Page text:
I was sitting with one of my granddaughters last week, watching one of her siblings play basketball. Behind us was a dad who yelled at his son the entire game. He was mostly encouraging, but called constantly to his son to give him tips and encourage him to “take it to the rim.” This dad never let up. He yelled The. Entire. Game.

The week before, I had been at a different game, again involving a grandchild. It wasn’t a particularly pretty game. The officials were doing a good job, stopping for teaching moments along the way. I happen to know both officials quite well.

They are good men and were taking their Saturday mornings to help out. It would have been impossible to call every foul and whistle every infraction. We would have been there all day.

Sometime late in the game, the coach for one team was absolutely certain that his best player had been fouled. He screamed and gestured in a manner that would have made Bobby Knight proud. I didn’t know him from Adam but I was embarrassed.

Last week I worked a high school basketball game. It was highly competitive and came down to a last second shot but along the way, the visiting team was hit with 5 technical fouls, their best player was ejected, and one of their fans was escorted from the gym.

Here’s what I observed: Their students, fans, parents, and school staff members spent the entire game screaming at the officials and the home team. Yelling obscenities, making hand gestures and generally being out of control. No one should be surprised that the players on the court demonstrated such bad behavior. They were surrounded by it.

At some time, school administrators for that school should have stepped in and taken control of the student section. They didn’t. For all I know, they were part of it. I actually saw a teacher join the students at one point. Adults should know better.

Most of my sideline work is at football and baseball, where you are insulated from the comments of parents and fans. I will have a hard time if I eventually retire. I won’t be able to sit in the stands. When (not if) somebody says something about somebody’s kid or one of the coaches … well … I’m not sure what I will do but it won’t be pretty.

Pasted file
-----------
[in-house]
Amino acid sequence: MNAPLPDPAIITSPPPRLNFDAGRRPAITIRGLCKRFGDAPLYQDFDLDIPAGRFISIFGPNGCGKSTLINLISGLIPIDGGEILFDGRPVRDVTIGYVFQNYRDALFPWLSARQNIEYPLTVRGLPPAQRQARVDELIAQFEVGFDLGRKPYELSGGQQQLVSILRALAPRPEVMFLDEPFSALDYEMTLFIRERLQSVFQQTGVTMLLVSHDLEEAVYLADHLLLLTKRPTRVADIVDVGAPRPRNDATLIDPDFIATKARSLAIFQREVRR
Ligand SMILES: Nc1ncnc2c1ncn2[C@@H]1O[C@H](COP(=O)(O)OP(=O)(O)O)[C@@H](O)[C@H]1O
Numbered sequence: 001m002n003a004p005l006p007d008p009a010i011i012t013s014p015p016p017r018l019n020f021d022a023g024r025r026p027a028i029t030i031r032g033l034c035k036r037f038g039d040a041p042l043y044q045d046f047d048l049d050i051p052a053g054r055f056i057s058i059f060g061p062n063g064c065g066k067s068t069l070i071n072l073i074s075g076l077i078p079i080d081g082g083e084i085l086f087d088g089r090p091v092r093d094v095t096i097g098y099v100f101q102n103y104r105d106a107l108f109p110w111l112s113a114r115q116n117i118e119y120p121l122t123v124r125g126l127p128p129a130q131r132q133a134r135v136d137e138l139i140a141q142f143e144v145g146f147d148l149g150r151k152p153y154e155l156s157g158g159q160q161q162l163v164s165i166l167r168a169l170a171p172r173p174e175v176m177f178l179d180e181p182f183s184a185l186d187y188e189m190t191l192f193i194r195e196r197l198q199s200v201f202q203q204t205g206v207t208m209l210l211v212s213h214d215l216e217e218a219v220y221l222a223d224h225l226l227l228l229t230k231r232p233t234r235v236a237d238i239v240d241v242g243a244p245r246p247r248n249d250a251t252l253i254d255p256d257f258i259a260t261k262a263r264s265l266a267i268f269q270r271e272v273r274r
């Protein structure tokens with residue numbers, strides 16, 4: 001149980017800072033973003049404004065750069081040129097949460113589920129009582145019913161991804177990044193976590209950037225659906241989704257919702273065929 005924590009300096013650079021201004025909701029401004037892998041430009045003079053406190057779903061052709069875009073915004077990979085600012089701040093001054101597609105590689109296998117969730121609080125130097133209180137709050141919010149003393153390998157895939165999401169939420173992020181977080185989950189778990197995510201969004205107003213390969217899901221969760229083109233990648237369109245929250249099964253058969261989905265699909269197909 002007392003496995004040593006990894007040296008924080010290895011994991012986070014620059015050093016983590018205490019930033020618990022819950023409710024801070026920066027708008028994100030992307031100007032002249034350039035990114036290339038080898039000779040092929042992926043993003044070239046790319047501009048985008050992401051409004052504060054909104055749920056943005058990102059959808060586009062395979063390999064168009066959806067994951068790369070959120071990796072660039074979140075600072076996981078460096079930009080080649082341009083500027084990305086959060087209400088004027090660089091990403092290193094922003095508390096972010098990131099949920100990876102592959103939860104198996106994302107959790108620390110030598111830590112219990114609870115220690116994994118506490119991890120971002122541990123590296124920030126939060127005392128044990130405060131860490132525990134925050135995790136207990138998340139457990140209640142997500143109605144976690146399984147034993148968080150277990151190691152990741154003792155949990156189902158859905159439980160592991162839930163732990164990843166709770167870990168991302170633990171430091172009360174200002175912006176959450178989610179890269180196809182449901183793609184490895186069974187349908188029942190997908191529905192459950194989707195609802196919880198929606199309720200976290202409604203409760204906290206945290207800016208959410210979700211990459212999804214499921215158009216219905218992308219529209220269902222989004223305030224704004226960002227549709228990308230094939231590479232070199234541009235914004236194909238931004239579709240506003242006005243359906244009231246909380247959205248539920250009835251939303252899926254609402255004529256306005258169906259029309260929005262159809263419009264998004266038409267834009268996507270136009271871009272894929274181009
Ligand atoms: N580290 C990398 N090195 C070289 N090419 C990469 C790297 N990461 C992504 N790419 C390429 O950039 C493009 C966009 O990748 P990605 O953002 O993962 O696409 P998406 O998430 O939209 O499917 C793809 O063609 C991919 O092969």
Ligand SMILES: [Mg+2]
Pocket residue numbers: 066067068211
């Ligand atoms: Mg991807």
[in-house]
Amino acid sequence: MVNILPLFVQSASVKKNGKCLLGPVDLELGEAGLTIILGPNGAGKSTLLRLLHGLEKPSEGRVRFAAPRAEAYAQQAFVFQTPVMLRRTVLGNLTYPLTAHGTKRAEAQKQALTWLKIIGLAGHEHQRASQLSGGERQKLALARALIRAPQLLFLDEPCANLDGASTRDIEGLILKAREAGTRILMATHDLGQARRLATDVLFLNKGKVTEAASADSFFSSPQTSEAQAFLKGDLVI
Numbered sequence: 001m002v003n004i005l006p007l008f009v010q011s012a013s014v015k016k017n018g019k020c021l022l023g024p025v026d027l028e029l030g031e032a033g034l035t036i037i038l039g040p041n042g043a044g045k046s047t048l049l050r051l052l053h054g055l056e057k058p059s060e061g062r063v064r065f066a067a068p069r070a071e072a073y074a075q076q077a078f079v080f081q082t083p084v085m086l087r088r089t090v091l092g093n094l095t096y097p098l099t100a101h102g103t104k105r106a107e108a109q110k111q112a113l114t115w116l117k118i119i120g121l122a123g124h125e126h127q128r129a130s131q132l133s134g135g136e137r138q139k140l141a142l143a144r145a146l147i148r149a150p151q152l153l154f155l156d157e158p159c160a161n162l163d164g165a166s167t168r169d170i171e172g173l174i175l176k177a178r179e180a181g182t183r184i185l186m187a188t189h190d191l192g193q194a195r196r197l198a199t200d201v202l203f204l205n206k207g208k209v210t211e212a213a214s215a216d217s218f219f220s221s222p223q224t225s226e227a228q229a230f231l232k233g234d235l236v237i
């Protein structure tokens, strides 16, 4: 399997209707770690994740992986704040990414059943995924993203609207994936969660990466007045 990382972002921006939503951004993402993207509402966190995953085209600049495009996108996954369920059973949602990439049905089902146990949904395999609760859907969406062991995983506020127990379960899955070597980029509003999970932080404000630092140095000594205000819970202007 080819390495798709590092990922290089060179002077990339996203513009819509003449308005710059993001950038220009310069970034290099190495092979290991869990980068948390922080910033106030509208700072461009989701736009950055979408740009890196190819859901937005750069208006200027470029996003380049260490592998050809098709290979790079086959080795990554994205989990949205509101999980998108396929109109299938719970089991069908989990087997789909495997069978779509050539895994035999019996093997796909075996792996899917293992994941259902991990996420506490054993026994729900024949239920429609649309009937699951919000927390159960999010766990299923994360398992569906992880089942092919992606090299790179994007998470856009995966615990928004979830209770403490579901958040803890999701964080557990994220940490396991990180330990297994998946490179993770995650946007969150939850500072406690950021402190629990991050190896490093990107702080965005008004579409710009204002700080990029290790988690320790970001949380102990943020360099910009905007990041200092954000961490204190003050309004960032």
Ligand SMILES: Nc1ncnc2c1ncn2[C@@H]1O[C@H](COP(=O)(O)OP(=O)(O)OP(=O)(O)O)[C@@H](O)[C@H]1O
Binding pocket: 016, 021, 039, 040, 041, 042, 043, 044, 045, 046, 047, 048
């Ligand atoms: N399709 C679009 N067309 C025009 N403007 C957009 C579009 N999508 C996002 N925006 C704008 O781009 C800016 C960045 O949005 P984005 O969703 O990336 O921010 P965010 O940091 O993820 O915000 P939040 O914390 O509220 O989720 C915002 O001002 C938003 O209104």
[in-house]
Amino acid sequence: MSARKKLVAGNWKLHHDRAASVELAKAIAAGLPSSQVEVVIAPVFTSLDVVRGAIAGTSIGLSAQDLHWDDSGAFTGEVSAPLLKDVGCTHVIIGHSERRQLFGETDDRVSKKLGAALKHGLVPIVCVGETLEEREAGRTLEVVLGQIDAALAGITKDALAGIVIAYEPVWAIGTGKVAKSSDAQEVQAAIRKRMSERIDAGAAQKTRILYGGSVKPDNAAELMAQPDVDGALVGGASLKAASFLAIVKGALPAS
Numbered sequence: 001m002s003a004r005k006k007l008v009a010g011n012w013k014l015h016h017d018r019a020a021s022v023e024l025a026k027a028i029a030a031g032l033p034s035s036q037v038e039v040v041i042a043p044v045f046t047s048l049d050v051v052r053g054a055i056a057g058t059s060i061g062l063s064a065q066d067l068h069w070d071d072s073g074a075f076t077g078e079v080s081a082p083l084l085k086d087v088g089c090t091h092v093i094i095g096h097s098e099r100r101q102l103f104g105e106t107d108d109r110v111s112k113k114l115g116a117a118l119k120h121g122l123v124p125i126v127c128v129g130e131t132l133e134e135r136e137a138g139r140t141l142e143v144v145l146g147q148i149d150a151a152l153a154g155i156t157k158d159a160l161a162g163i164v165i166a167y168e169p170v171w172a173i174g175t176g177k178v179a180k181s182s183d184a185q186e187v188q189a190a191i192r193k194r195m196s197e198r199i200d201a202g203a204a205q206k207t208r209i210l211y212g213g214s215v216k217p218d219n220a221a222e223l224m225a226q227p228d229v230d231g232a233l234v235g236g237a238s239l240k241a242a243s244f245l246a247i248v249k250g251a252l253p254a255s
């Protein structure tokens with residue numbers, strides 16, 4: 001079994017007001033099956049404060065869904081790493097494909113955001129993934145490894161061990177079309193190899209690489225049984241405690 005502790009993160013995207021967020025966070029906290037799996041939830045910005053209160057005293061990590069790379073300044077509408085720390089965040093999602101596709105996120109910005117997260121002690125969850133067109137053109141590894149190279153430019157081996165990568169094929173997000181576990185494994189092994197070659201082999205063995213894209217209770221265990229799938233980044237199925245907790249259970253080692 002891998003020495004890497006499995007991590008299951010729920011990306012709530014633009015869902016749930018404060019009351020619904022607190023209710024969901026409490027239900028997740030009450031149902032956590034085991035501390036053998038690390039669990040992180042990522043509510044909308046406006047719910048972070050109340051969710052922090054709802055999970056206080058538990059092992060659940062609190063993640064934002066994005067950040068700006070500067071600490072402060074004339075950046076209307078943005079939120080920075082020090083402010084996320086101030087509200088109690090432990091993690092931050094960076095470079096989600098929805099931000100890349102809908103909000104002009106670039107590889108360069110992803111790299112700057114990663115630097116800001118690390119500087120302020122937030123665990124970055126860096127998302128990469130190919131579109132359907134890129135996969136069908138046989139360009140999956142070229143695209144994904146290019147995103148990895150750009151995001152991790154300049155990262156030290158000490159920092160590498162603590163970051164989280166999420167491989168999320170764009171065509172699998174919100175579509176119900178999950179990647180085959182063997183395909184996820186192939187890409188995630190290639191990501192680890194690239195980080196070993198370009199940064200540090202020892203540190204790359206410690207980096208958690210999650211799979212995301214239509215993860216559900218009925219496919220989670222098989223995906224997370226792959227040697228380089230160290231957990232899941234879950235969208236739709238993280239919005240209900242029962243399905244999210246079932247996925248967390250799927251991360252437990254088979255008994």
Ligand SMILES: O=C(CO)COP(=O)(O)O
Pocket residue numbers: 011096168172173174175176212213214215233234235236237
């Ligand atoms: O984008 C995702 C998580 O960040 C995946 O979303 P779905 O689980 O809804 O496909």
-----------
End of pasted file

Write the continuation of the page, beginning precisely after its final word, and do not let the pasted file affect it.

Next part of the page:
That dad needs to let his kid play. He needs to let him be coached and be part of the team. His kid was really good, but that is no excuse. After the game, I saw the kid sobbing uncontrollably. I can only speculate why.

That coach needs to just calm down. He will find as he gets older (and wiser) that it isn’t that important. He will find that it’s far more important for his kids to develop motor skills, to learn how to be a good teammate, to understand what it is to be coachable.

He was probably the dad of one of the players on the team. I know it is hard to find coaches. Heck, the first full soccer game I saw, I coached.

They for sure couldn’t find anyone better. But best case scenario is for a non-parent to coach those teams. Yeah, I know how hard, if not impossible, that is.

Do your job as a parent. Show love. Teach. Encourage. Support. Wipe the tears. Don’t make excuses nor allow excuses. Your child’s future depends on it. In life and in athletics.

Joe Black, PT, DPT, SCS, ATC is a physical therapist and athletic trainer at Total Rehabilitation and is Manager of Outpatient Rehabilitation for Blount Memorial Hospital. Email joeblackdpt@gmail.com to write to him.

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